The Cuban “Wet Foot Dry Foot” Policy

Cuban-migrant

The Cuban “Wet Foot Dry Foot policy” describes the fact that since 1995, any Cuban who reaches the United States of America will be accepted by the U.S. and therefore able to live and work in the U.S. as a landed immigrant with paperwork to bolster their legitimacy when finding work, applying for loans, and paying income tax. The goal of bringing one’s family to join them in the future is why many Cubans have taken on this monumental challenge of traveling from Cuba to the U.S. by boat, often overcrowded and handmade which has lead to many deaths by drowning. If caught by the Cuban authorities for trying to flee Cuba, migrants are repatriated and given a fine or jail time in Cuba. Barack Obama ended the Wet Foot Dry Foot policy as his last act in office as President of the United States of America in the hopes of improving diplomatic relations between the U.S. and Cuba

Fermat’s Last Theorem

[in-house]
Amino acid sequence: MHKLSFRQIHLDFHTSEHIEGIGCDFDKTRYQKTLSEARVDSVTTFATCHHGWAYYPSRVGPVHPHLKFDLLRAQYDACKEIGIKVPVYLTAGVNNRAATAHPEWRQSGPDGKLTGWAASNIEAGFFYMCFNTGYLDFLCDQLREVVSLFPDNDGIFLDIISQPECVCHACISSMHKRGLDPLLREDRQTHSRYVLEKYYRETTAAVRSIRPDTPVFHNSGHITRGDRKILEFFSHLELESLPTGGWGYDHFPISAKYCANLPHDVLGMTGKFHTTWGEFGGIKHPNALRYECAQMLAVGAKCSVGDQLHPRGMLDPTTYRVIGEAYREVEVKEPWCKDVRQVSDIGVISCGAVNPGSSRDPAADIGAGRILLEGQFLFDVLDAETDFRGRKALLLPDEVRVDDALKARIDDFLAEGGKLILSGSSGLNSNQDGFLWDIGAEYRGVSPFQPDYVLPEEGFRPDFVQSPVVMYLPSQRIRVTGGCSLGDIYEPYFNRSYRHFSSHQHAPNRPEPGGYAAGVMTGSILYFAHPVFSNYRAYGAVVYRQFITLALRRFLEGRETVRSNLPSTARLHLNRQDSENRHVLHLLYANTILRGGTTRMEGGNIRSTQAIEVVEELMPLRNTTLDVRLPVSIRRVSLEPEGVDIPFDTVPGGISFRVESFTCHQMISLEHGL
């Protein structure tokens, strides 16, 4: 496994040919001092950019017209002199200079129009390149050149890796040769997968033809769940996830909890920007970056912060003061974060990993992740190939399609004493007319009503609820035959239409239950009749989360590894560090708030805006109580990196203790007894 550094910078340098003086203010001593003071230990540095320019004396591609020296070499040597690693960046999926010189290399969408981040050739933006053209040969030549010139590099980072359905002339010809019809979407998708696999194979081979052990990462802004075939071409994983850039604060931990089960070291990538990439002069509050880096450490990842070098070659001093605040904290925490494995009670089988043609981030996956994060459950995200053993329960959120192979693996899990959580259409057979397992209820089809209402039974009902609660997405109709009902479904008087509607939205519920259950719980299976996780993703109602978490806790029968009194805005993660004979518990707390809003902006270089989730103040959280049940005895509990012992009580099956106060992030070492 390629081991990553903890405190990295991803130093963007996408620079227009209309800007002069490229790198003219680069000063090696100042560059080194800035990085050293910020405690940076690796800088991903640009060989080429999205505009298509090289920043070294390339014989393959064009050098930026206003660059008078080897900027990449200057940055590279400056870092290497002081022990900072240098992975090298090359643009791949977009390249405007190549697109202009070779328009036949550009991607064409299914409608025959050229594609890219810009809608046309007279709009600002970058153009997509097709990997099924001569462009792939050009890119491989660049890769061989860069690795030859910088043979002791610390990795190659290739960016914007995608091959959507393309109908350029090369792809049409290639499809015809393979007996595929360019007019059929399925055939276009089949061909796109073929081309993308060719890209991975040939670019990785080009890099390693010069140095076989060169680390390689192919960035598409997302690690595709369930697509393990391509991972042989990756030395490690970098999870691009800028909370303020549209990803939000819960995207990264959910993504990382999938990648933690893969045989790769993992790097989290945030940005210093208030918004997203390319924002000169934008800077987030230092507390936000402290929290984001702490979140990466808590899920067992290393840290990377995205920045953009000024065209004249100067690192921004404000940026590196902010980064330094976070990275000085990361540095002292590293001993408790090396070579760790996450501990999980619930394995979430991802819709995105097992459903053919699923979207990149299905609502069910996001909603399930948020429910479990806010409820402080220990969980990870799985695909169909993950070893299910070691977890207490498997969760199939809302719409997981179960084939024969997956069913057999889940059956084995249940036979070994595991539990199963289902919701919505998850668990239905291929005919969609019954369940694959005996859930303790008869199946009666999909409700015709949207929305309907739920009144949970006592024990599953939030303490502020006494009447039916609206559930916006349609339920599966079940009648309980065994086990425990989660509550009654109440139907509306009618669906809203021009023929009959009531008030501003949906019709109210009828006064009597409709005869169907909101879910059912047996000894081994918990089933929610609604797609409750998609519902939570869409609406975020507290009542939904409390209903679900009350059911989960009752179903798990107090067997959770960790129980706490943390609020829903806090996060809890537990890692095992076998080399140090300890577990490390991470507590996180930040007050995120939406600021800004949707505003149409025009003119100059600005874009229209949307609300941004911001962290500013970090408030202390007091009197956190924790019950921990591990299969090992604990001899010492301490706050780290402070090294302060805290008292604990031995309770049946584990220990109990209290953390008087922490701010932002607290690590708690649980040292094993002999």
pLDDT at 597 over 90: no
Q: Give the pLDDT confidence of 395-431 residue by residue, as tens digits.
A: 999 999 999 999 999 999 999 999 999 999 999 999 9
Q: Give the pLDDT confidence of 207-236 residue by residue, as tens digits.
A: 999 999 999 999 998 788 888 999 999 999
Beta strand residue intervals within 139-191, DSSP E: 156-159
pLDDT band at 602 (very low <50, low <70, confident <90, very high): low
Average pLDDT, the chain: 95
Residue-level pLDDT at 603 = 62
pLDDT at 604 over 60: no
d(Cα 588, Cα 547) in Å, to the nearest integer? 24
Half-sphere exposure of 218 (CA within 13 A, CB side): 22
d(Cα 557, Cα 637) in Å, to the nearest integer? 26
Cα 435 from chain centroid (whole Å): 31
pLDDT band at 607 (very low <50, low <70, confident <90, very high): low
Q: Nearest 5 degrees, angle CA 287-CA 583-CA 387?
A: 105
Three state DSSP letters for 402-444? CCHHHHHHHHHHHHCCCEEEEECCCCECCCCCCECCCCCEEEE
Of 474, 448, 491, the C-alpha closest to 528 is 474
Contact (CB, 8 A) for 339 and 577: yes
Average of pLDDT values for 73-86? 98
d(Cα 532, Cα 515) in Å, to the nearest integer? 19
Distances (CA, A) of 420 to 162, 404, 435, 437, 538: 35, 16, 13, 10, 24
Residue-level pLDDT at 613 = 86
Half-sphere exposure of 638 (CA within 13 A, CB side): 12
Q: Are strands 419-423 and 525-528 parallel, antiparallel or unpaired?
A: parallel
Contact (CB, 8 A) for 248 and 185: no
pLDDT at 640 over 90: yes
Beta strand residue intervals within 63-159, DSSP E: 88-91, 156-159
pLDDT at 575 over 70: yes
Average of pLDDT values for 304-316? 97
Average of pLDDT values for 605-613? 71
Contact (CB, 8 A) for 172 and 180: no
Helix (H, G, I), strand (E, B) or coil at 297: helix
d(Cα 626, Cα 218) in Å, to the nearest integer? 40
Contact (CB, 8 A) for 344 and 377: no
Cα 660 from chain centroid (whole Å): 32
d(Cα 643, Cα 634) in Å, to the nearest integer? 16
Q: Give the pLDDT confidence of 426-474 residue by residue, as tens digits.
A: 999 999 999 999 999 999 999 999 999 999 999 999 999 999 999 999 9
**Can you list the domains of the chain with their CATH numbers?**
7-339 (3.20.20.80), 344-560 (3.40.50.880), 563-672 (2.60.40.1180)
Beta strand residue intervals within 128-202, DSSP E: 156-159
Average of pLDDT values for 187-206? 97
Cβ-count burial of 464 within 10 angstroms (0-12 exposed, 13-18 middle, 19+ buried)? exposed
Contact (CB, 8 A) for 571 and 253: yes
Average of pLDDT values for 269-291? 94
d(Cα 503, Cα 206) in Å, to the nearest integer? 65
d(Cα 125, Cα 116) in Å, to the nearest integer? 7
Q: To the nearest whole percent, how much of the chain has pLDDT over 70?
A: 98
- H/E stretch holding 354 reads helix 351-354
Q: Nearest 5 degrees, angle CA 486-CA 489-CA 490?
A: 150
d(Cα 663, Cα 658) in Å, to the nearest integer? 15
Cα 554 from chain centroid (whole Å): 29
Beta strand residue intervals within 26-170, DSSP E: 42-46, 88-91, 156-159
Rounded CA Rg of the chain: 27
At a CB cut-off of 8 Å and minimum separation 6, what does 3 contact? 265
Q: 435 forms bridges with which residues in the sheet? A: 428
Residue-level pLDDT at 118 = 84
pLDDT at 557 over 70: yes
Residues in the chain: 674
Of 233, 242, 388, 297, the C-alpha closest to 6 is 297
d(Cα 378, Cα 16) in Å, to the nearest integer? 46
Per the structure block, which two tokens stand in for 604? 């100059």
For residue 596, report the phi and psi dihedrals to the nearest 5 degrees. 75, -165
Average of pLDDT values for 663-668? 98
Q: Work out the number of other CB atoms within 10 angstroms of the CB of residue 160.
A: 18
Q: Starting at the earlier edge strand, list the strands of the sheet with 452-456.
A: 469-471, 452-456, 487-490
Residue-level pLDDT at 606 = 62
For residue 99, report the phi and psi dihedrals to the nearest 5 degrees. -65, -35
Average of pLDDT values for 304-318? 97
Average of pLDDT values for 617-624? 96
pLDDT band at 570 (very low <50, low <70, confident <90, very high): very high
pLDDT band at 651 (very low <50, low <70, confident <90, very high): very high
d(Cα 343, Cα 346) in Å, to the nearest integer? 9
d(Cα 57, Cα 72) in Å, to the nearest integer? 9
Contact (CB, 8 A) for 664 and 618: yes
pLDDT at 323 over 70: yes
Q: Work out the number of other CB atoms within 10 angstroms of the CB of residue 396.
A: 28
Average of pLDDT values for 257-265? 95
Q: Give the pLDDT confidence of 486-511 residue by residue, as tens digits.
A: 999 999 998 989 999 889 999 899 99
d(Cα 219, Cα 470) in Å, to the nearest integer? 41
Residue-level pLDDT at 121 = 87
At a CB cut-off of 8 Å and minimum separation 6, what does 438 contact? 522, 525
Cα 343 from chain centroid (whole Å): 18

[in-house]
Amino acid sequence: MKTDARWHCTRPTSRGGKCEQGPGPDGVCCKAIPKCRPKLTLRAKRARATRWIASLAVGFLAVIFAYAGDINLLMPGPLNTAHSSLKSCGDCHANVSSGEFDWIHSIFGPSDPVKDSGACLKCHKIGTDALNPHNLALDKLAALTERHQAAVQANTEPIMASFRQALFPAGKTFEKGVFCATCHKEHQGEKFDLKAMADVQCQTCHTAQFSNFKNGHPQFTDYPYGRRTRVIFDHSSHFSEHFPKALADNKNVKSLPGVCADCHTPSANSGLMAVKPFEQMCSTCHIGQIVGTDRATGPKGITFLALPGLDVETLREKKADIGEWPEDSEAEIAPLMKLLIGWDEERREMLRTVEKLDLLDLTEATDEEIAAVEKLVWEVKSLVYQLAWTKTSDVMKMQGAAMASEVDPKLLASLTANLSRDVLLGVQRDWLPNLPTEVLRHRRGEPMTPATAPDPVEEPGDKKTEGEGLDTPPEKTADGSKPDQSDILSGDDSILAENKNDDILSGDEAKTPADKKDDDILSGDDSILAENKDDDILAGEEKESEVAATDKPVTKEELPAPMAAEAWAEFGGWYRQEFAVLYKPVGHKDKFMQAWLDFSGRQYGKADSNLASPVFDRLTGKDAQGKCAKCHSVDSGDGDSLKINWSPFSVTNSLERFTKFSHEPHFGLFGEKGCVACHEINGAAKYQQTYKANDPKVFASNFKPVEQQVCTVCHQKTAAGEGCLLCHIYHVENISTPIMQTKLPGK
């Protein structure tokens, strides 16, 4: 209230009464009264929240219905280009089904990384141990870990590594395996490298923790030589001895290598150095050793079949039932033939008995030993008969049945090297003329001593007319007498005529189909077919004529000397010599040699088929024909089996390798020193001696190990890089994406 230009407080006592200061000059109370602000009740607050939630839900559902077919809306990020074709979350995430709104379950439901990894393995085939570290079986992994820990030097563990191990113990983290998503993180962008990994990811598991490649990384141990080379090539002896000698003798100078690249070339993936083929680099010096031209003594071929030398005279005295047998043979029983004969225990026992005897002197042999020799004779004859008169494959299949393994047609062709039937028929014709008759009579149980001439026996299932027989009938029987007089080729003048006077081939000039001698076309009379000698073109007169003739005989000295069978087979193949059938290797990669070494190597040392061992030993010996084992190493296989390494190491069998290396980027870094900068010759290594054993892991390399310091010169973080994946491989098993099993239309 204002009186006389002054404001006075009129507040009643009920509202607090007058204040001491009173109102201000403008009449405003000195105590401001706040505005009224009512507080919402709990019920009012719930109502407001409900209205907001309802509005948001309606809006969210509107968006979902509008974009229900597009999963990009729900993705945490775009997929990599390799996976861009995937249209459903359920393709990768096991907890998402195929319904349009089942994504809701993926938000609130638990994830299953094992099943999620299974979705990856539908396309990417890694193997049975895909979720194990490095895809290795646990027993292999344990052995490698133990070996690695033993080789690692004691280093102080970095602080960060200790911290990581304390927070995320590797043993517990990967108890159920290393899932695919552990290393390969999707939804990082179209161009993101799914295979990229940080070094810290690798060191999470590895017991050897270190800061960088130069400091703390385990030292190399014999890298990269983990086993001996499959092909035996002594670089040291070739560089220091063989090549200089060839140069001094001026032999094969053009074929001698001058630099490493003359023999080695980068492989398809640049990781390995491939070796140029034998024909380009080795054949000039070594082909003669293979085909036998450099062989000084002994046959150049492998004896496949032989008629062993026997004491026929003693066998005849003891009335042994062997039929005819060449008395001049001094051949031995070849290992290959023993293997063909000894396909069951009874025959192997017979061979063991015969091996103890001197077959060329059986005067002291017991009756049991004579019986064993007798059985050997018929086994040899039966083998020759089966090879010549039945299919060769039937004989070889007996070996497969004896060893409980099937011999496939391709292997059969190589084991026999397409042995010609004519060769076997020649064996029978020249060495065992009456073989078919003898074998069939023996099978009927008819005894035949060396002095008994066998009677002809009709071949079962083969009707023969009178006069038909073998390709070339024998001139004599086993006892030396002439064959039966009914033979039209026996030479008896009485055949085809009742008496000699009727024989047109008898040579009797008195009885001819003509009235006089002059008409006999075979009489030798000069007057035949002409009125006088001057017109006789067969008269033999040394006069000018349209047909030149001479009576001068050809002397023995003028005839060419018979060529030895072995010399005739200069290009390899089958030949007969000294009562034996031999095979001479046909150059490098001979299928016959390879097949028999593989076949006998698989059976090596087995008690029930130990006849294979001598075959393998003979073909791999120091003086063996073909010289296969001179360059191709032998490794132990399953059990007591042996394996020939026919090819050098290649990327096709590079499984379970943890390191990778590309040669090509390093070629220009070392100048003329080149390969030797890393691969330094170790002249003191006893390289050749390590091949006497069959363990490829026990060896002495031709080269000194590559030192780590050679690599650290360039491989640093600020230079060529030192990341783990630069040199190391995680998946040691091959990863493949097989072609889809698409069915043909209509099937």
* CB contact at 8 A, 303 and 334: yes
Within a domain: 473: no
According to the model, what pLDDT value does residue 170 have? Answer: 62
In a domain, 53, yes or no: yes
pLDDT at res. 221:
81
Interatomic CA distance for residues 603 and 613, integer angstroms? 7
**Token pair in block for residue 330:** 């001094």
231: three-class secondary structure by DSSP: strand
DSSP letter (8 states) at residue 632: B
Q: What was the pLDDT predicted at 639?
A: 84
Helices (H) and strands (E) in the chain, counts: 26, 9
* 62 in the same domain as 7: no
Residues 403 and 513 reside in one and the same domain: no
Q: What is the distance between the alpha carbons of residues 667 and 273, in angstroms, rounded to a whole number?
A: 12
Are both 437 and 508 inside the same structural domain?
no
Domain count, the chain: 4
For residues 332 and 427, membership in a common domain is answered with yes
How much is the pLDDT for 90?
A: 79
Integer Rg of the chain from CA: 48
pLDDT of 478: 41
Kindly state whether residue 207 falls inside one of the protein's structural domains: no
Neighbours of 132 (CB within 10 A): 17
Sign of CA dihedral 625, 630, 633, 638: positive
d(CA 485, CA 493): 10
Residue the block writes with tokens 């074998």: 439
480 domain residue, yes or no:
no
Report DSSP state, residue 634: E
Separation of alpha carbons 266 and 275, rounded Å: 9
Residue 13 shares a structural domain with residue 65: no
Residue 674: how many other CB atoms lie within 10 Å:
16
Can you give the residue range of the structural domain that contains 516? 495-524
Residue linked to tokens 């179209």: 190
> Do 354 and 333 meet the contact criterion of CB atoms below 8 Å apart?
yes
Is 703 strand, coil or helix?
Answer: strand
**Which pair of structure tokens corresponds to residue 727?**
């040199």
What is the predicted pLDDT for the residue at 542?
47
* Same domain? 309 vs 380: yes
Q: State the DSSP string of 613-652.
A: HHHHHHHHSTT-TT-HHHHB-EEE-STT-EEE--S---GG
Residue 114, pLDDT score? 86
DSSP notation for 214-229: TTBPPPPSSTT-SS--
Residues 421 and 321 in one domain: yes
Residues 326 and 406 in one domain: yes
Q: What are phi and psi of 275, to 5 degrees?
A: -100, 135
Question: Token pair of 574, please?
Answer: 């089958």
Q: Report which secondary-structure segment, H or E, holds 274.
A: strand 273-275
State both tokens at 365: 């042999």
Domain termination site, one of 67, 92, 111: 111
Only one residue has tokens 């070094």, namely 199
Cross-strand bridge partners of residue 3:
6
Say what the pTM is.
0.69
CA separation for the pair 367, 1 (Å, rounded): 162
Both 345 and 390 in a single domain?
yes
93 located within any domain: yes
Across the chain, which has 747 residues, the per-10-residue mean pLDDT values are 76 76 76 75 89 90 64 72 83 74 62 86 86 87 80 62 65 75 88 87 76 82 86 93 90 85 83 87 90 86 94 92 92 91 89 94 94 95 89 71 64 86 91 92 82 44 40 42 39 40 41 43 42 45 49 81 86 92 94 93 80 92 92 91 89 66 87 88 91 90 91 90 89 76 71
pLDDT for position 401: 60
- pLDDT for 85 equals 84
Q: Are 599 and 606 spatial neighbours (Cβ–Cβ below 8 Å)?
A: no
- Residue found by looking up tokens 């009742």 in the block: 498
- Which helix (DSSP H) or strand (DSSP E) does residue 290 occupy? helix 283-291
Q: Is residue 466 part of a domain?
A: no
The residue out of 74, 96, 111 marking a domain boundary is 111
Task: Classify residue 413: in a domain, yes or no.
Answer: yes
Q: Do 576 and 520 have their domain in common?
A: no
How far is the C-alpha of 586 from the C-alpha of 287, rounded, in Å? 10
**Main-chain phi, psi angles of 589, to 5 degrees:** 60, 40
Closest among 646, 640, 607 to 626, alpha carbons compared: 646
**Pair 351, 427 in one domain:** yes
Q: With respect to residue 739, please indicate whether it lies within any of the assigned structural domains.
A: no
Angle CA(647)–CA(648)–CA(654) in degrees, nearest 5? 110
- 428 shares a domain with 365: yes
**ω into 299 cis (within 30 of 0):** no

Fermat's-Last-TheoremFermat’s last theorem was the last problem Pierre de Fermat ever claimed to have solved. Fermat often wrote in the margins of his books and one particular evening, while reading Arithmetica by the Greek mathematician Diophantus, he wrote “I have the answer to this equation, but the margin is too small to contain it”. Hours later that same night after writing this notation, Fermat died. Fermat was famous for writing in the margin of a books when he had figured out the correct answer for a problem, but for some reason he never provided the answer. Fermat was proven correct in each accounted notation by future mathematicians who came along posthumously. Fermat’s last claim however was unable to be solved and proven for centuries. Fermat’s last claim posited that the Pythagorean equation of a2 + b2 = c2 does not have an infinite number of solutions when the squared exponent of all 3 numbers is any number greater than 1 or 2 (e.g. it is impossible to separate a biquadrant or cube into 2 biquadrants or 2 cubes, only squared numbers can be separated into 2). Andew Wiles of Princeton University eventually solved this equation in 1993 but could not publish his work until 1995 due to an error. Wiles resolved this problem 3 centuries after Fermat as no other mathematician was able to figure it out